The simplest option for globally-mobile families is often the private international school system where lessons are taught in English. There are over 100 private international schools in France with most in Paris but Lyon, Marseilles, Toulouse, Montpelier, Bordeaux, Nantes and Lille also have private international options.Traditionally these schools have only attracted expats but this is changing. “More locals are seeking an international education for the English language skills, international mindedness, SEN provision and pastoral care,” says Nalini Cook, head of global research at ISC Research.Class sizes are smaller than in the French state system, facilities better and there is greater access to extra curricula activities. Students can also study for exams recognised in their home country such as IGCSE, A levels, the American Diploma or for the internationally recognised IB. Fees vary but expect to pay up to EUR40,000 for senior years in the most popular schools."We chose the private over the state system for number of reasons," says Jane Bruce whose twins attended the British School. "It had better facilities and extra curricula activities and a more nurturing approach. The French system has a reputation for being tough which would not have suited our daughters. We also liked the fact the curriculum included traditional events such as Christmas concerts which the French system did not."The private international schools in Paris include some of the most exclusive in Europe. All are co-ed and most are clustered in the western suburbs. The most popular curriculums are French, British and the IB, although there are many others on offer including American, German and Canadian. Private international schools are not subsidised by the government, or inspected by them, so it is wise to choose one which belongs to the Council of British International Schools (CBS) or the Council International Schools (CIS).One of the most popular is the American School of Paris, established in 1946, on a 10-acre campus in the western suburbs. Students study the American curriculum leading to the High School Diploma or the IB. The British School of Paris in Croissy on the western outskirts of Paris is another popular choice. It was the first British school in France, founded in 1954 and the multicultural student body studies the British curriculum leading to IGCSE and A level exams. Both schools allow their students to continue in a system they are already familiar with – and one which they can slot back into when they return home.For families who like to be a the heart of the action the International School of Paris in the 16th arrondissement is the only private international school in central Paris and is popular for its three IB programmes and international feel.The Ecole Internationale Bilingue was established in 1954 and is run by Globeducate, which has 55 intentional schools in nine countries, including six private bilingual schools in Paris educating 3000 students. Most of the schools deliver the French curriculum with strong English immersion in a multicultural environment. The group’s ICS Paris International School, is particularly popular with expat families: the 500 students from 70 countries study for the internationally recognised IB, supplemented by compulsory French lessons.Globeducate’s international schools are attracting more French nationals: “In our bilingual schools around 60 percent of our students are French; in our international schools it is around 30 per cent with students from the US, UK, Japan and Korea the main nationality groups,” says its director of admissions Veronique Martinet.Marymount International School, centrally located in Neuilly-sur-Seine, has also seen an increase in enquiries from locals. “We are fielding more interest from French families who see international education as a personal investment,” says the school’s Kate Doherty. “A new generation of younger parents is also turning to international schools. Many come from entrepreneurial backgrounds and are invested in a socially conscious education for their children.” Marymount, which celebrates its centenary this year,  educates children aged between 2 and 14. The school was founded in 1923 on Catholic values and is the oldest international school in the region.For families seeking a boarding option the exclusive Ermitage International School offers weekly or full boarding but fees are steep, nudging US$40,000. Founded in 1941 it is located in Maisons Laffitte, 20 km from Paris and a 15 minute train ride from La Defense, the financial centre of Paris. The school offers a choice of the French bilingual programme leading to the Bac, the BFI, or the IB.Elsewhere in France the number of international options is growing. Lyon, France’s third largest city, has seen an increase in the number of globally mobile families. In response, the International School of Lyon opened in 2004 and delivers the IB programme in a leafy suburb south west of the city.Toulouse also has a strong globally mobile population thanks to its thriving aeronautical and space industries and a host of tech start-ups. The fouth largest city in France with 1.3 million inhabitants, its population has grown by over 12 per cent in last decade. The International School of Toulouse opened in 1999 to cater for the children of workers in the local aircraft industry and now has 550 students who study for IGCSE exams followed by the IB diploma.According to Globeducate, the south of France is seeing the strongest growth in demand for international schools, particularly the Cote d’Azur, Nice, Monaco and Sofia Antipolis.The group has three schools in the area including Mougins, a British international school located on a modern campus in Sophia-Antipolis, a 2400 hectare technology hub home to 2500 companies. Founded in 1964, the curriculum is based on English national curriculum leading to IGCSE and A levels. “What makes us special is the family atmosphere you feel as soon as you come onto the campus,” says the school’s Lise Cudin.Globeducate also operates the International School of Nice which educates 360 students from 3-18 with students taking IGSE exams followed by the IB. Lessons are in English with daily French classes.The independently owned International School of Monaco founded in 1994 provides a not-for-profit IB education to over 700 students while the newly opened British School of Monaco provides a primary education following the British curriculum with compulsory French lessons.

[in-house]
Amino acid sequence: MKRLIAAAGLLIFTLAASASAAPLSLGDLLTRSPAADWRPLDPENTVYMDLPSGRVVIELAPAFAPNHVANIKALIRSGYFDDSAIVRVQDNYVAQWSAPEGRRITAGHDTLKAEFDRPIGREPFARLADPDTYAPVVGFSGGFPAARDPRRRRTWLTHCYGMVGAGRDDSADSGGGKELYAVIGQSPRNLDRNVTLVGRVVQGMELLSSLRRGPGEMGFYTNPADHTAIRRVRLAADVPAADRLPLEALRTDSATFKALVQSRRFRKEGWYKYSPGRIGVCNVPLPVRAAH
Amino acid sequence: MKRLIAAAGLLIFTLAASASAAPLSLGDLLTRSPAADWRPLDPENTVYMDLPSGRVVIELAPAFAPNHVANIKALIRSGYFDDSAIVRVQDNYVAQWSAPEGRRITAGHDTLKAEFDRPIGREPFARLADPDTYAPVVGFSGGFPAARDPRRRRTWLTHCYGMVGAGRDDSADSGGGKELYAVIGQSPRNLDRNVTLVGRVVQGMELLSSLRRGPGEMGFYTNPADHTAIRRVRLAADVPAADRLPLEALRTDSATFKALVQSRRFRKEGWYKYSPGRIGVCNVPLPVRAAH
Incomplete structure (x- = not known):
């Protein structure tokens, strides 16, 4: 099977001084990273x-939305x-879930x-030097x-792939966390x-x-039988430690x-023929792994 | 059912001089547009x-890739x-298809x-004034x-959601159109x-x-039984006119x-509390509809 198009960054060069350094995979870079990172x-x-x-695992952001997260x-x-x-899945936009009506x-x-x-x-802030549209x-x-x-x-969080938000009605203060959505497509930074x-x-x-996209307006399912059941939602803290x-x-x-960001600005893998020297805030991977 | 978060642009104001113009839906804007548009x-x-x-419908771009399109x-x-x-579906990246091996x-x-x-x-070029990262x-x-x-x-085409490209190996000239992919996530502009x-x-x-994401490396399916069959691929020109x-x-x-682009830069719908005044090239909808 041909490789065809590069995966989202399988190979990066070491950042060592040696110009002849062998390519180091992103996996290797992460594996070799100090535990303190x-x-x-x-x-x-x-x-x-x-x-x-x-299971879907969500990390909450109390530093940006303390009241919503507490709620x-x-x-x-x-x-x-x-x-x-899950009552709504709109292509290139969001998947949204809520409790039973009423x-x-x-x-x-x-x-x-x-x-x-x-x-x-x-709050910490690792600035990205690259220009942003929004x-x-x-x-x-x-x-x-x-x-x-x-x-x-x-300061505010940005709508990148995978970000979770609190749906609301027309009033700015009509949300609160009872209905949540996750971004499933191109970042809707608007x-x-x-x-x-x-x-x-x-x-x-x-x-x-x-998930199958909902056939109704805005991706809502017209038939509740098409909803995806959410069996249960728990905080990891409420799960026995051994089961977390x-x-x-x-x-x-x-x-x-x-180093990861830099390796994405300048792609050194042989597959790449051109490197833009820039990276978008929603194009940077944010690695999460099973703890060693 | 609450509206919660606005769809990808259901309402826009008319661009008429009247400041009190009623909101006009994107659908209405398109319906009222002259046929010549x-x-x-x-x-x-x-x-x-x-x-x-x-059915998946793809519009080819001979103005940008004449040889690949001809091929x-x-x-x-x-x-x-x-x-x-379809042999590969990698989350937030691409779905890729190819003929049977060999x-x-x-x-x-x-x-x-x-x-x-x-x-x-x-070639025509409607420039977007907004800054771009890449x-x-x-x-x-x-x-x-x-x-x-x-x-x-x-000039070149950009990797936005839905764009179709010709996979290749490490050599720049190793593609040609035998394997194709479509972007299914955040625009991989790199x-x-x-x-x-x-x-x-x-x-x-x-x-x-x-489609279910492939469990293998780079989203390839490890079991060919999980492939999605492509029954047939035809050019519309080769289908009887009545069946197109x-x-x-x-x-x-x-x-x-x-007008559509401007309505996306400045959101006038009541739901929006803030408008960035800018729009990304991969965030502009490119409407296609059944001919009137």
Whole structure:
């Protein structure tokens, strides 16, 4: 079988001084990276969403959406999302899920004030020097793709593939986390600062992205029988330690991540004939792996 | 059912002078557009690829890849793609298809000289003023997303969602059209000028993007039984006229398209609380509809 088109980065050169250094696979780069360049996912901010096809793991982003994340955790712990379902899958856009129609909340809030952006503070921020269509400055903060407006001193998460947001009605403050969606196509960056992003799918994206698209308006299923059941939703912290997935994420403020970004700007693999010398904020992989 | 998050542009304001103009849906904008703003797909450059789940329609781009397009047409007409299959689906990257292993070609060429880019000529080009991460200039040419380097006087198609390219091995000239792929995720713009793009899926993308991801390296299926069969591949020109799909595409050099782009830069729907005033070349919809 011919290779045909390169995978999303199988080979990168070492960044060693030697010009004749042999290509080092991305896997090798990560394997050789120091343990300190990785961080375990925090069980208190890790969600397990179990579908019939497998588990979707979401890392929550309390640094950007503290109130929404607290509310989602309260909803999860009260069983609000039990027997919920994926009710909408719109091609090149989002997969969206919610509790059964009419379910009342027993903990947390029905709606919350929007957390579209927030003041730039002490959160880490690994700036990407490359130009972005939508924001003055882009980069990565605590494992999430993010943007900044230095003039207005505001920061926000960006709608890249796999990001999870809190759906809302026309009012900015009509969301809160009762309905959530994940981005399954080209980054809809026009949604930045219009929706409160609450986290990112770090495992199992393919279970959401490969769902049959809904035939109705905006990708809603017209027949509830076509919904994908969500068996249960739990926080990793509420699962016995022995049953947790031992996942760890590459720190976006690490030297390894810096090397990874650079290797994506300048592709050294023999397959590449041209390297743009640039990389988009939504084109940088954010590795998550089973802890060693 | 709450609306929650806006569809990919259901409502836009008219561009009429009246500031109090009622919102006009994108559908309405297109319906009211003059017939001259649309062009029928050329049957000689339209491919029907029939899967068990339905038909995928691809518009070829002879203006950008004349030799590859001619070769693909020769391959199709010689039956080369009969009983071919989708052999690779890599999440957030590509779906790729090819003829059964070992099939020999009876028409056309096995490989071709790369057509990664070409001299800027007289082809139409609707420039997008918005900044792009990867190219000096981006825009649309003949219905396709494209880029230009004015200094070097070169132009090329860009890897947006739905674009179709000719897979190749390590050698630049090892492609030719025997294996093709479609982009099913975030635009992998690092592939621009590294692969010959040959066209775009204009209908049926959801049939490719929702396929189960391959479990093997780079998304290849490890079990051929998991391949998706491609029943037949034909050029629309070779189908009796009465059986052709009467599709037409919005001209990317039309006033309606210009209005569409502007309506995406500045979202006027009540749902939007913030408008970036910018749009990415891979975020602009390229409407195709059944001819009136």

Alternative schooling

Finally, for digital nomads Le Sallay Academy offers an innovative education programme for children aged between 10 and 14 that blends boarding with online learning. There are four three-week boarding sessions during the academic year held in France at Chateau Le Sallay in Burgundy. At other times students study online with specialised programmes for gifted and SEN students. “The increase in the number of digital nomads has resulted in greater interest in alternative schooling solutions,” says the academy’s head of partnerships Natalia Ravdina.
This article is from Relocate Global's Guide to International Education & Schools 2022/23 which is packed with expert tips and information for those relocating and the professionals supporting them.